Pediatric cerebral AVFs are challenging neurosurgical lesions. Although advancements in endovascular therapy in the last decade have greatly changed the natural course of this disease, a multidisciplinary approach remains necessary for a large subset of patients. Surgeon experience with a thorough analysis of preoperative imaging is paramount to achieving acceptable clinical outcomes.
Shervin R. Dashti, David Fiorella, Robert F. Spetzler, Elisa Beres, Cameron G. McDougall and Felipe C. Albuquerque
Cavernous malformations (CMs) or hemangiomas arising from within the dural sinuses are rare entities that differ from their parenchymal counterparts in that they are highly vascular lesions. While parenchymal CMs are typically angiographically occult, intrasinus malformations may have large, dural-based arterial feeding vessels that are amenable to preoperative embolization. The novel liquid embolic Onyx (ev3, Inc.) is an ideal agent for the embolization of these lesions. The authors present the first known case of a giant intrasinus CM embolized with Onyx before gross-total resection.
The authors report the case of a 9-year-old boy with brief apneic episodes in whom MR imaging revealed a giant CM arising from within the right transverse and sigmoid sinuses and infiltrating the right tentorium cerebelli. At another institution, the patient had undergone 1 prior embolization and 2 unsuccessful attempts at resection. Both surgeries had been complicated by massive blood loss and were aborted.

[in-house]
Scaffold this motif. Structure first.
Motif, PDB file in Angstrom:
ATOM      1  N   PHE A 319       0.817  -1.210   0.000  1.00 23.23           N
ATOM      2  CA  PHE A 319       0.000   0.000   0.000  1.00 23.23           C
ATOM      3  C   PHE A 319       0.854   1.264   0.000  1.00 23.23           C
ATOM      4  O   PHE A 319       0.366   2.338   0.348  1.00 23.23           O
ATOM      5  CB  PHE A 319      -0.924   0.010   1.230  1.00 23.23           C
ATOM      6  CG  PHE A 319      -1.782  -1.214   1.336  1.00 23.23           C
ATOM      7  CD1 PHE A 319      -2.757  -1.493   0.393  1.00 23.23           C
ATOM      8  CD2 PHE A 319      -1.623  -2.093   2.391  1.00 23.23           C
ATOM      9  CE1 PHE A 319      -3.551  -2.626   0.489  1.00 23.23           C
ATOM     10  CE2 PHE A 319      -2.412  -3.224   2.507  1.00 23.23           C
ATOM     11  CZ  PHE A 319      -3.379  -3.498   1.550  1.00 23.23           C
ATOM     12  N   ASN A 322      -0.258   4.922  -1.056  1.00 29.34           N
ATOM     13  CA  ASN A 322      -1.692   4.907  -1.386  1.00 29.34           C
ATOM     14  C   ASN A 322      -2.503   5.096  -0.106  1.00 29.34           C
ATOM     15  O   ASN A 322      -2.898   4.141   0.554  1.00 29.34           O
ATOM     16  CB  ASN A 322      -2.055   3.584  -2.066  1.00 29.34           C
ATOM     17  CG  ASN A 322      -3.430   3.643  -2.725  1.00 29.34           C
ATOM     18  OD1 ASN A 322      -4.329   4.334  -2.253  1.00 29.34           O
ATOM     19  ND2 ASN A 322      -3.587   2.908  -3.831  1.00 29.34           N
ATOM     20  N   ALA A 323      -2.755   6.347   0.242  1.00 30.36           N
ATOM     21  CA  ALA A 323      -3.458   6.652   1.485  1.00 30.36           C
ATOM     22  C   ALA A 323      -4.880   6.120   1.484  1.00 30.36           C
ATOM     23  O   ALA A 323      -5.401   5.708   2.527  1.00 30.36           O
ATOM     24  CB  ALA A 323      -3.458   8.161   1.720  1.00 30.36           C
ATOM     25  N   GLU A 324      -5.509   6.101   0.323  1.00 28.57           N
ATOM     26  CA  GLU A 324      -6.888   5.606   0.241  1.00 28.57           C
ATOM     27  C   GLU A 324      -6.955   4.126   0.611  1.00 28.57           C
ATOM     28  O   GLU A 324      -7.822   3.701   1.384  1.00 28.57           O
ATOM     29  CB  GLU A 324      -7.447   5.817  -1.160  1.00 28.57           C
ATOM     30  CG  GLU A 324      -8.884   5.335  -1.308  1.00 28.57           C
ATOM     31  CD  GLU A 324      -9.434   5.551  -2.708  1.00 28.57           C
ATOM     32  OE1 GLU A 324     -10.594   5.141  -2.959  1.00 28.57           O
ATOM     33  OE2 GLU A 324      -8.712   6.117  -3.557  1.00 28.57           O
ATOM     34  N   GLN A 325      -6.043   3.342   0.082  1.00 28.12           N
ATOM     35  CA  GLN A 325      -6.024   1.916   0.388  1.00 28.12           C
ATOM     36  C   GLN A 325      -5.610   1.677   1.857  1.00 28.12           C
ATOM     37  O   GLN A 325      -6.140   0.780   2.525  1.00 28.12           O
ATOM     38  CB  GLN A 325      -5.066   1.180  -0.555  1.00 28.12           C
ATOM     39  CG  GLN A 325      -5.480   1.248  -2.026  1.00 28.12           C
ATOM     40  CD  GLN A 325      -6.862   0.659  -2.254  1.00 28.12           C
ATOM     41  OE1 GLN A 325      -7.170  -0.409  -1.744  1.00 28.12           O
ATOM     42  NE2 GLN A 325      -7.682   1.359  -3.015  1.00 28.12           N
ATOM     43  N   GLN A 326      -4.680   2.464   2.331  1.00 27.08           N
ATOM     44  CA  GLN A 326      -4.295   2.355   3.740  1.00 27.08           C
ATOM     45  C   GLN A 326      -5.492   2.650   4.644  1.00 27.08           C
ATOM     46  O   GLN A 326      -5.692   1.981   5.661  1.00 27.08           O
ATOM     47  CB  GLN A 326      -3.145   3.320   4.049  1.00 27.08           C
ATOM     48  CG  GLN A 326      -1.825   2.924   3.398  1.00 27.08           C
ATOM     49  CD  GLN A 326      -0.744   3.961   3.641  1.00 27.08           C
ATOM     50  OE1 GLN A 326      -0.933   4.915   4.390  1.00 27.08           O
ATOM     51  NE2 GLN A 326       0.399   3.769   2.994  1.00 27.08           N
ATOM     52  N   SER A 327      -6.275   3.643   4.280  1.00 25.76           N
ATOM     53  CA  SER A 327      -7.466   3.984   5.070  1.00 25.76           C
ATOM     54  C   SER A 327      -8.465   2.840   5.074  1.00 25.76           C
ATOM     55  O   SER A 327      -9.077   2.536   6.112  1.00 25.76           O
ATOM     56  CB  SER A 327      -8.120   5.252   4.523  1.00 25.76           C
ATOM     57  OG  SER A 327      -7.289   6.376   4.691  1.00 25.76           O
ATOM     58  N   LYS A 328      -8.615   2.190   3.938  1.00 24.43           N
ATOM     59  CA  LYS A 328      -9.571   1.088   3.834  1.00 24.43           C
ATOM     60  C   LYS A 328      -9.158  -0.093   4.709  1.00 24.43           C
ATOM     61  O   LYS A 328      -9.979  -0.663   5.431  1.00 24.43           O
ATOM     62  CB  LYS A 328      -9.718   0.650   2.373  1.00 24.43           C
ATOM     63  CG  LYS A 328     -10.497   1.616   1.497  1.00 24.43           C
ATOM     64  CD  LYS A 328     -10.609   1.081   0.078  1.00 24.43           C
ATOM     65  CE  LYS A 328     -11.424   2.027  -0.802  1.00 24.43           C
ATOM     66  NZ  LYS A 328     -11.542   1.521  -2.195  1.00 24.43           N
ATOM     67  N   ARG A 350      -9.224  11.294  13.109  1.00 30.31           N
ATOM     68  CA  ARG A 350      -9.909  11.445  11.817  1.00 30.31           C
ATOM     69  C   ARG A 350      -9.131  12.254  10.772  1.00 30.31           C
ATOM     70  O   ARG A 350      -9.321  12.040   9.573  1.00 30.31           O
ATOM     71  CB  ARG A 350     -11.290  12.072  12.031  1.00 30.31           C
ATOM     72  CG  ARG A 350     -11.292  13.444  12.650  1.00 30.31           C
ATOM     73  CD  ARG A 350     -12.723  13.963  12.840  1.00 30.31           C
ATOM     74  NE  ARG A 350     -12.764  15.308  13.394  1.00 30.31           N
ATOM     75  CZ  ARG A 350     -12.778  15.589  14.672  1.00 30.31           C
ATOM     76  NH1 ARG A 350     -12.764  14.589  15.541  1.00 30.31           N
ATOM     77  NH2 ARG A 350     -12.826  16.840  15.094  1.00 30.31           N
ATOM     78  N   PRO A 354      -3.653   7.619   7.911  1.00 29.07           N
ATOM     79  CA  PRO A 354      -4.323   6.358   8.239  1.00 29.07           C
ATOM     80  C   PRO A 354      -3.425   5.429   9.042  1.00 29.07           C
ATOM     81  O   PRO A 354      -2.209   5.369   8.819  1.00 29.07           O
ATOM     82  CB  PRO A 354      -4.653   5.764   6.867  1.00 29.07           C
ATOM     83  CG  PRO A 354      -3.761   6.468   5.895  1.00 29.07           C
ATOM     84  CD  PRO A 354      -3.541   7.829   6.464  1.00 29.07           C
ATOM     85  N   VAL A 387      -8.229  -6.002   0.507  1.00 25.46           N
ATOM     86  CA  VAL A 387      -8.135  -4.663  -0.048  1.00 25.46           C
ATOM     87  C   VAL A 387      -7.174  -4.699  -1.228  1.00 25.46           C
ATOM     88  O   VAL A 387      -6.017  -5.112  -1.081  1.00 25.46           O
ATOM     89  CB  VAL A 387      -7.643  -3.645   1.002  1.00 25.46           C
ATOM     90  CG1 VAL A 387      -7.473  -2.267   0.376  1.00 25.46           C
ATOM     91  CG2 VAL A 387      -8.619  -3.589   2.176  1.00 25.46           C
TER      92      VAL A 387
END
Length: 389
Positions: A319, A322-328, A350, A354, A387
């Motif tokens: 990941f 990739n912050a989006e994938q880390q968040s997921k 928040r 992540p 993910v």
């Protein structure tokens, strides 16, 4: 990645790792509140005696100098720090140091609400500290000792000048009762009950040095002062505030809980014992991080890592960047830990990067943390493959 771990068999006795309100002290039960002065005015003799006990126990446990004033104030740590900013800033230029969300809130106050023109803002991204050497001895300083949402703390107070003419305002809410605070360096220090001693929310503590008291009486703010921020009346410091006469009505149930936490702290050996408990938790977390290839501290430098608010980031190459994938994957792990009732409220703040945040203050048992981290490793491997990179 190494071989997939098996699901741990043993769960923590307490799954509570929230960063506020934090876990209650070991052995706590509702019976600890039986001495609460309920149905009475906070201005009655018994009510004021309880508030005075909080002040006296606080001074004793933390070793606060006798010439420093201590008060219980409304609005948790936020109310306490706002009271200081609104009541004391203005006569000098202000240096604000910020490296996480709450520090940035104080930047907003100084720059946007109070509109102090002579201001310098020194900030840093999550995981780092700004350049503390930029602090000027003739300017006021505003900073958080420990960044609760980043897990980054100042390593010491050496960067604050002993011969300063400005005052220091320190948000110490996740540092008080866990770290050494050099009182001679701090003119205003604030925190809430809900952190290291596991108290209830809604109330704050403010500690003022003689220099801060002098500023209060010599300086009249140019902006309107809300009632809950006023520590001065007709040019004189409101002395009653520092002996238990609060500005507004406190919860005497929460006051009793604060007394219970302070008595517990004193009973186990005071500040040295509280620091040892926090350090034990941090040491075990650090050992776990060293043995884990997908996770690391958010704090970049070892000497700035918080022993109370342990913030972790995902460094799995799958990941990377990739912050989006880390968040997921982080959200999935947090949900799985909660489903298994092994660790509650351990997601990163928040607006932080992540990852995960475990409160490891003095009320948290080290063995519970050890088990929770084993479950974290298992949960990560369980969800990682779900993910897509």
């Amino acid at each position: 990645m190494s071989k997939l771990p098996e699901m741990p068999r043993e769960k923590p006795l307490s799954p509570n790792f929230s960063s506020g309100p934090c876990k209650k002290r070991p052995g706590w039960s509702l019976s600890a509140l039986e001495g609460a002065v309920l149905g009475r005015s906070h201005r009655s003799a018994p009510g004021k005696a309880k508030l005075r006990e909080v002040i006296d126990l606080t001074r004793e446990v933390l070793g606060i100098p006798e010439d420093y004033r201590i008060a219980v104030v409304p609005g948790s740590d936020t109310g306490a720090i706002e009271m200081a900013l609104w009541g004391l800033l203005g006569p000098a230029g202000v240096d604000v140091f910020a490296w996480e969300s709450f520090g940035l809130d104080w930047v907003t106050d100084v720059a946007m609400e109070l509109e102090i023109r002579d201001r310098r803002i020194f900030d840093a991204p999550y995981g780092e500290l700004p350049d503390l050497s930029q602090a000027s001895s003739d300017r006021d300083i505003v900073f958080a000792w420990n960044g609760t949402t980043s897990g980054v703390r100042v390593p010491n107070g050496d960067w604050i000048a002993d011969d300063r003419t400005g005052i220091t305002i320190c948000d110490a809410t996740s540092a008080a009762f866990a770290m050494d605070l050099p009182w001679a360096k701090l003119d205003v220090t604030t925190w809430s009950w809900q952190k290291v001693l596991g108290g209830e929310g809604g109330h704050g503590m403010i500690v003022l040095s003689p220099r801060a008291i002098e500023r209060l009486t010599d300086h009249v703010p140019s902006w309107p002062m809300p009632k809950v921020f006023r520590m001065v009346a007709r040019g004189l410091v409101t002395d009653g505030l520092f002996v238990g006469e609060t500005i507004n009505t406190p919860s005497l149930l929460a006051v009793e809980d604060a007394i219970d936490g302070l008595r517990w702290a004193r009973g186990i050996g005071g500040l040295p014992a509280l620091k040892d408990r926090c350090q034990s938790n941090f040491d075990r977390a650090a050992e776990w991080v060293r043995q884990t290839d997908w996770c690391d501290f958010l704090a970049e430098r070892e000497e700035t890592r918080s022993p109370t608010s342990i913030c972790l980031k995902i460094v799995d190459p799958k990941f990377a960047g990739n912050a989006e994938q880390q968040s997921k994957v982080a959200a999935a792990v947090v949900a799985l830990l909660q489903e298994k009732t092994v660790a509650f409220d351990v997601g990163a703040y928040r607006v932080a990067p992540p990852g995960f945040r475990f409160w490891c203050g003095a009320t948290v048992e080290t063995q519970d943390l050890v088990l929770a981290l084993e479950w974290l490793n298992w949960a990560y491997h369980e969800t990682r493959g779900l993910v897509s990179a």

Under the authors' care, the patient underwent preoperative transarterial embolization with Onyx during which a substantial volume of the mass lesion was filled with embolisate. Subsequently, complete circumferential excision of the mass from the tentorium was accomplished with minimal intraoperative blood loss.
L. Fernando Gonzalez, Louis Kim, Harold L. Rekate, Cameron G. Mcdougall and Felipe C. Albuquerque
✓Atrial shunt revision surgeries are sometimes difficult due to venous occlusion and neck scarring. A direct approach guided by venography facilitates exposure and guarantees accurate placement of the distal catheter. Five patients with complicated histories of shunt malfunction were treated using an endoscope-assisted technique. The distal end of an atrial catheter was advanced into the atrium after having been connected to a venous catheter of a slightly smaller diameter than the one previously advanced from the femoral vein through the atrium. Once the position of the atrial catheter was confirmed fluoroscopically, the venous catheter was detached and removed. No complications developed in any patient.
This endoscope-assisted technique offers three advantages: it demonstrates the patency of the jugular vein through venography, facilitates identification of the internal jugular vein in the neck, and provides a quick way to confirm that the distal end of the atrial catheter has been placed correctly. This technique should be considered for use in patients with a history of failed atrial shunts.